Yesterday was a disaster averted. We all grouped together, about ten people in total, to get a tuk tuk to the waterfall outside of town, which everyone I met raved about. When it seemed like we had finally hashed out a deal with one of the drivers, they split us up into another tuk tuk. Didn't seem to be a good idea at the time but we rolled with it; the people in the other tuk tuk got scammed for more money. Although we didn't fare much better, ours broke down half way to the waterfall and we had to wait to be picked up by another one.
It turned out to be all good though, the waterfall was amazing and we the continuous shooting feature on my SLR was put to great use making action shots of all of us on the rope swing and jumping off the waterfall (pics will come with wifi). All in all, Luang Prabang was mediocre in my opinion. The city itself is very nice, with a great Wat and museum in the center, but the inhabitants themselves, not so much. We were constantly involved in attempted scamming, and the accommodation wasn't cheap. One of my friends even had his wallet pick pocketed the first night.
Today we jumped on a bus in the morning to Phonsavan, a city in the eastern part of Laos, a UXO (Unexploded Ordnance) hotspot and home to the Mine Advisory Group, an organization for the clearance of unexploded ordnance. We took a look at the information center today. It was pretty grim to see the statistics on how many bombs and submunitions they clear out of this country every month; in January alone over six hundred bombs and submunitions were cleared. Just walking around this city gives you an idea of how many bombs fell here; there are old bomb casings and scrap everywhere! One restaurant, Craters, has two one thousand pound bomb casings and four other smaller ones as its entryway. Being a war history buff, I'm stoked to get out into the countryside tomorrow and see some of the fields of craters.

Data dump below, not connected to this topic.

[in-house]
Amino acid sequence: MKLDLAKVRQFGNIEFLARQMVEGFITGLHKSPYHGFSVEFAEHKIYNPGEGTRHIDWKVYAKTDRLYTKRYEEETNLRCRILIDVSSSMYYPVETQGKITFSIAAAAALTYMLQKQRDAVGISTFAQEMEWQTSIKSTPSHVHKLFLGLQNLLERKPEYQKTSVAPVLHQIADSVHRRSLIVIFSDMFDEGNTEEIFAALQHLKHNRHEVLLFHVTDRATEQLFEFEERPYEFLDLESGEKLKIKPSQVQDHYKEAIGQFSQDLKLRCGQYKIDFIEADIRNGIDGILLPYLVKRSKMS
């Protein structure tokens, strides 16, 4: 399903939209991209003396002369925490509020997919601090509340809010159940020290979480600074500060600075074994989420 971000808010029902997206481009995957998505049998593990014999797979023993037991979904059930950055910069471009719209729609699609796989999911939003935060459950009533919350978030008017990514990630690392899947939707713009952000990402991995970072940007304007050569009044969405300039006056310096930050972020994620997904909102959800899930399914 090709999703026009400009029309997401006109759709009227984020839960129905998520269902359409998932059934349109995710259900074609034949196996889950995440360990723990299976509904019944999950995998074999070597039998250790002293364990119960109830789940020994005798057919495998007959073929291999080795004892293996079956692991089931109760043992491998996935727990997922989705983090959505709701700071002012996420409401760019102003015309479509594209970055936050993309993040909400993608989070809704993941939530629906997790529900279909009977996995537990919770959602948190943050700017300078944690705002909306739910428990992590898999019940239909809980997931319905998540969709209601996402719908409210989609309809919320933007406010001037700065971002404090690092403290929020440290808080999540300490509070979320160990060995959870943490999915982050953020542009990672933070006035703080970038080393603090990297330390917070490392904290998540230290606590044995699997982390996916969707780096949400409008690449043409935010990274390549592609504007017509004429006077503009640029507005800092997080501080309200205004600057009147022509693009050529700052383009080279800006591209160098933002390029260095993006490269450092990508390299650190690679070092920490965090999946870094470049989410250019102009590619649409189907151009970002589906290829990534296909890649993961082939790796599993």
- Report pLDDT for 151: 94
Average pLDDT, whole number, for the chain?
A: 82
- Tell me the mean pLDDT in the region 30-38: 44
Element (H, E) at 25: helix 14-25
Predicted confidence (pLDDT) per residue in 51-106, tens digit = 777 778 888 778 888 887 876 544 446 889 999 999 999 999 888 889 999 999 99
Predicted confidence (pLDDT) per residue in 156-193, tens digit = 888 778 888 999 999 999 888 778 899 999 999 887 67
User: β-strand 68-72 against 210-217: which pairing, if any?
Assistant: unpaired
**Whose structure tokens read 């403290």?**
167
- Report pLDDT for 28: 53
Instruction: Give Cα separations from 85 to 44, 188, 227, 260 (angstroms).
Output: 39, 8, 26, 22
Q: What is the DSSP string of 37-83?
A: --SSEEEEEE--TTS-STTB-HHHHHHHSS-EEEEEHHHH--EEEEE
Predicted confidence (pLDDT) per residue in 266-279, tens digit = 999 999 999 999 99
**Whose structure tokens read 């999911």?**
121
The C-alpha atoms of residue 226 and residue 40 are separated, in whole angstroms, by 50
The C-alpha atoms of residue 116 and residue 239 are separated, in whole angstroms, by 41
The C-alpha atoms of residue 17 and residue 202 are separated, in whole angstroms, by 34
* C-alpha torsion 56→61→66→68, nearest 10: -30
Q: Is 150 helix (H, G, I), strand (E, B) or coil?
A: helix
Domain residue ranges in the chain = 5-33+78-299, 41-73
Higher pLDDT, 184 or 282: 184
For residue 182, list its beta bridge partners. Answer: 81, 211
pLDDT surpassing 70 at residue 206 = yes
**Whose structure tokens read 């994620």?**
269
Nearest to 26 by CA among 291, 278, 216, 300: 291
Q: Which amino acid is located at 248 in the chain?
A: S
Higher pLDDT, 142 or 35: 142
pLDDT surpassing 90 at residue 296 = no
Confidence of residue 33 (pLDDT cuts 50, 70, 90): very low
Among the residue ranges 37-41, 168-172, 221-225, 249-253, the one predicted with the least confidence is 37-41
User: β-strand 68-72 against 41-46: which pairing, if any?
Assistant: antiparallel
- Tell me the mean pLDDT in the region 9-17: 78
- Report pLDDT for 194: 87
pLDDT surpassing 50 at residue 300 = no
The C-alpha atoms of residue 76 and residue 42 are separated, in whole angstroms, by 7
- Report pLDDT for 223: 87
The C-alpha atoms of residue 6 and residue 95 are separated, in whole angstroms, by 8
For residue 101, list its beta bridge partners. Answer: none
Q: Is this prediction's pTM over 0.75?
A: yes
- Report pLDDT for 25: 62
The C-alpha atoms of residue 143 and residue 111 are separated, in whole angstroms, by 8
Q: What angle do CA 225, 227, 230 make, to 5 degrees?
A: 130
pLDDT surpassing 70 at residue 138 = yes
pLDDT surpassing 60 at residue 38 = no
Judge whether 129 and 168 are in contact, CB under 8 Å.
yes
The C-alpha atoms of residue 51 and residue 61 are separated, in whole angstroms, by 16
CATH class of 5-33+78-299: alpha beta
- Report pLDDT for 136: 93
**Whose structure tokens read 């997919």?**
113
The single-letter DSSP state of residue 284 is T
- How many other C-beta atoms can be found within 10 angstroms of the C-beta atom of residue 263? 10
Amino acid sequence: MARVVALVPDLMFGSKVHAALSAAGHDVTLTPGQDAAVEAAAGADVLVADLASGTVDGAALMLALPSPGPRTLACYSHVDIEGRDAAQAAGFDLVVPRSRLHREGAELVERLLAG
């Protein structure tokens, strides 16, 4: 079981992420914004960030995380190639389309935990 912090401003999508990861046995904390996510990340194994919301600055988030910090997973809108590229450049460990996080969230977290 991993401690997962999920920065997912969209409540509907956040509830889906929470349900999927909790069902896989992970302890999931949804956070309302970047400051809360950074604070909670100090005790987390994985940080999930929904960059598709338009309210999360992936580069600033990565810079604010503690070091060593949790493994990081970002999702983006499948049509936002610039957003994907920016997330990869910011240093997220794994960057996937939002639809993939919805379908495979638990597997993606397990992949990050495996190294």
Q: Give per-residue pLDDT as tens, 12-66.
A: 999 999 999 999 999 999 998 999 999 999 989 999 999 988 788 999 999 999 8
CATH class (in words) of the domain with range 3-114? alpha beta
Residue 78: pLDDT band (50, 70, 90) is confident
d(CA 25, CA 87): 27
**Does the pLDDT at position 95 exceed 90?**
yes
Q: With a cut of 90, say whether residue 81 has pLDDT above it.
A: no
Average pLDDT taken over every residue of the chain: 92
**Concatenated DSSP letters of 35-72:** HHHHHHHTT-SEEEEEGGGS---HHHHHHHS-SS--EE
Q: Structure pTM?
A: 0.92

Also, something that cannot go unmentioned is the powerful moment we had at dinner today. All of our dishes came with quite a bit more food than expected, so we were happy to give some to three young kids that were obviously homeless and hadn't eaten all day. It was pretty powerful to watch them mow through those plates of food in seconds, and even more powerful when they put their hands together and gave a big, polite thank you. I saw a lot of poverty in India but this one hit home tremendously more so. It really makes a person be thankful for what we have, and especially thankful that I never had a day in my life where I had to go to bed hungry.